node installation

Later in job configuration, under Build Environment section, select Provide Node & npm bin/ folder to PATH and pick the node installation you wanna use for that project.

build environment

After this, we can provide the commands to execute for our build. This is how it’ll look like for library projects.

build execute shell

Let’s dig deep to understand what we’re doing here. First we do npm install, so if a commit has a new dependency or upgraded a dependency we’ll have it installed. Next we run gulp build, which does all the heavy lifting. It will lint the code, test it, generate coverage report, and compile CoffeeScript to JavaScript. I’m passing JUNIT_REPORT_PATH and JUNIT_REPORT_STACK environment variables to generate jUnit xml file, which we’ll use little later to generate graphs and reports. Next I run gulp lint task on it’s own, setting JENKINS environment variable so my gulp script knows that it’s running in Jenkins and it needs to generate checkstyle xml. The reason I’m running it separately and piping it to a file is because the gulp plugin I’m using for CoffeeScript linting outputs checkstyle xml on the console and the easiest way to get it into an xml file and let Jenkins’s checkstyle plugin know about it is to pipe it to a file. After the build succeeds I run npm publish to publish my npm and run gulp version, store it in build.properties which I’m gonna inject into Jenkins environment and tag the git commit with that version later.

inject environment variables

At this point build is done. What we have is report files that we’re gonna use to generate graphs and reports. We also published the npm so let’s also tag the commit with same version. And at the end send slack and email notifications.


In our build we ran gulp lint and stored the output in build/checkstyle-report-coffee.xml so let’s point checkstyle plugin to it:


What we’ll get is nice report pages where we can drill down to see what the warnings and errors are, in which files, line numbers and event see the line of code. We’ll get nice summery on job page, also trend graph.

checkstyle graph

Open tasks

Another thing that would be helpful is to know if there are open tasks in project and if there are, what those are. Jenkins has a way to detect tags like TODO, FIXME and others. It scans the code to find those, let’s configure it. Notice that I’m excluding node_modules to not count open tasks in dependency modules.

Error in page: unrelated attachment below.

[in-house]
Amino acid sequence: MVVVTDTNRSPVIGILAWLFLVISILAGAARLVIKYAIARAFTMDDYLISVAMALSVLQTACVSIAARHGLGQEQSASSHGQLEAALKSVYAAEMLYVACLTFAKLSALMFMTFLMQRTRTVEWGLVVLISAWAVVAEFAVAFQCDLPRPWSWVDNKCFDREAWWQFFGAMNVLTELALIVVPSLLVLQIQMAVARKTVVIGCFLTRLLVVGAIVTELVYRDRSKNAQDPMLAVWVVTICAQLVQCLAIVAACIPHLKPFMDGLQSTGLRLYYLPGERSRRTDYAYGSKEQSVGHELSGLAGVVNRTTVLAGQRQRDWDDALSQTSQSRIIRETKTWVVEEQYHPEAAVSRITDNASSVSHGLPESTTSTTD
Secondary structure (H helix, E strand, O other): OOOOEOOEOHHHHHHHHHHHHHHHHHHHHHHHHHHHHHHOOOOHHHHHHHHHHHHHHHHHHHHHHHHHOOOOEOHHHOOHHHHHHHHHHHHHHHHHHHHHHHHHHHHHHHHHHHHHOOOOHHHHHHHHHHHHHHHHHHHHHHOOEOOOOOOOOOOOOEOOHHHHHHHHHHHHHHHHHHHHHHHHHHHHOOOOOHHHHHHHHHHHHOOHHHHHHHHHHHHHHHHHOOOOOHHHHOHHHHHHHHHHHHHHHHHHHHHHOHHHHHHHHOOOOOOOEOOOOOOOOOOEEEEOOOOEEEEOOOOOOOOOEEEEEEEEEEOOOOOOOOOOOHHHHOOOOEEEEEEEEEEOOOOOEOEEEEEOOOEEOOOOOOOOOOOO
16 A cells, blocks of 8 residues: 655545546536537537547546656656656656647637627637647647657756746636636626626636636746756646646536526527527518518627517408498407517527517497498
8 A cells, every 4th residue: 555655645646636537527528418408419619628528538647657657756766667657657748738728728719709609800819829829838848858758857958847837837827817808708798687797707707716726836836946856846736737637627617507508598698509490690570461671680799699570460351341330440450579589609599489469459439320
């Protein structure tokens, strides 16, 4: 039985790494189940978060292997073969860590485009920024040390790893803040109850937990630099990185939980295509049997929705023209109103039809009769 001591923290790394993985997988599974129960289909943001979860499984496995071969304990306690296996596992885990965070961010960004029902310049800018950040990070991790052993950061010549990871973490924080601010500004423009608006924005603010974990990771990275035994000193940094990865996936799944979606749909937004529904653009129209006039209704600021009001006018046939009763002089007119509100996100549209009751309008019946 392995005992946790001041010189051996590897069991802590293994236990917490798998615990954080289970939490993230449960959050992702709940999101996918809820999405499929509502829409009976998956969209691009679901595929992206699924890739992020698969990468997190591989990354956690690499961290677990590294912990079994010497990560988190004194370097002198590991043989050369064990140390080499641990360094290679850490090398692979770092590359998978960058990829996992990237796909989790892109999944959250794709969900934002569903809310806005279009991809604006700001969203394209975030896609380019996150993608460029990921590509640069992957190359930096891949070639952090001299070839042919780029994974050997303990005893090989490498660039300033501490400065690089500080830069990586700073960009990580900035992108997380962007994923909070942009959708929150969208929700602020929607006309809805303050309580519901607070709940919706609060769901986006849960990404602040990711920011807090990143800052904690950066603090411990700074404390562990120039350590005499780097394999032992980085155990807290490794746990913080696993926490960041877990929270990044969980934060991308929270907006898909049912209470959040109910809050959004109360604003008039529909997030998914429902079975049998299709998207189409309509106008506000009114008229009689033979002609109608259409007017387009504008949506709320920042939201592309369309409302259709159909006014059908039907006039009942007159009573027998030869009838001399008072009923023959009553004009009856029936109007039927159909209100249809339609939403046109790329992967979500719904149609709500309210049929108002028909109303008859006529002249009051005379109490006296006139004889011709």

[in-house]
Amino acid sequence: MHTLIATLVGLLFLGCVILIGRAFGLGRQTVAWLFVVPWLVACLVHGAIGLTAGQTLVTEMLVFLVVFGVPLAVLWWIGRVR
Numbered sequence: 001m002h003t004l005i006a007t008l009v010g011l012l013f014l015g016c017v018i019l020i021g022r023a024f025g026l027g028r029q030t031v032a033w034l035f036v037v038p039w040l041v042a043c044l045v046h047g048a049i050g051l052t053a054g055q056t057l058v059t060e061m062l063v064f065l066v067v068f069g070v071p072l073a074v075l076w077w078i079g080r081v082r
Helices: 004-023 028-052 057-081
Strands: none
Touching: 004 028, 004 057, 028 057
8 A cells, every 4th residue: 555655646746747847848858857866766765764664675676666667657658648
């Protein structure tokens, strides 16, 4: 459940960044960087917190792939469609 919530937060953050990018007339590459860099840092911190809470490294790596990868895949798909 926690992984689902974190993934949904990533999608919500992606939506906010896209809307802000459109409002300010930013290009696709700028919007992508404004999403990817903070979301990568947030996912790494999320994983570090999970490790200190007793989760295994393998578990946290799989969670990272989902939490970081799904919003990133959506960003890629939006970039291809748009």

open tasks

What we’ll get is a nice reports and trend graph on our job page.

open tasks graph

Unit tests

In our build script we put JUNIT_REPORT_PATH=build/test-report.xml so our jUnit xml reports file are in that file, let’s just point jenkins to it.

unit tests

What we’ll get is a nice reports and trend graph on our job page.

unit tests graph

Code coverage

When unit testes are passing it’s still not enough we want to measure what the code coverage is and of course find code paths that are never being hit from a unit tests. If you look in my gulp files you’ll see that it generates cobertura reports also (in build/coverage/cobertura-coverage.xml file.) So let’s use it.


What we’ll get is a nice reports and trend graph on our job page.

cobertura graph

Output of the build

We define build to be a pipeline of checks that the code goes through every time there is a commit. We torture every single commit to go through this pipeline and we say if build passes commit is good. So what is the output of the build? Also we only deploy good changes, right? The output of a good build would be the artifacts. We worked really hard to make sure that code is good by running series of checks on it and we better keep those artifacts for deployment. Since this one project is a library project the artifact is the npm package and I’m publishing it to my npm repository (in may instance nexus, you may use npmjs.) In case of server apps artifact can be a docker image job will build and push to docker registry. For other type of projects zip file can be good enough, just version it and put on S3 or something.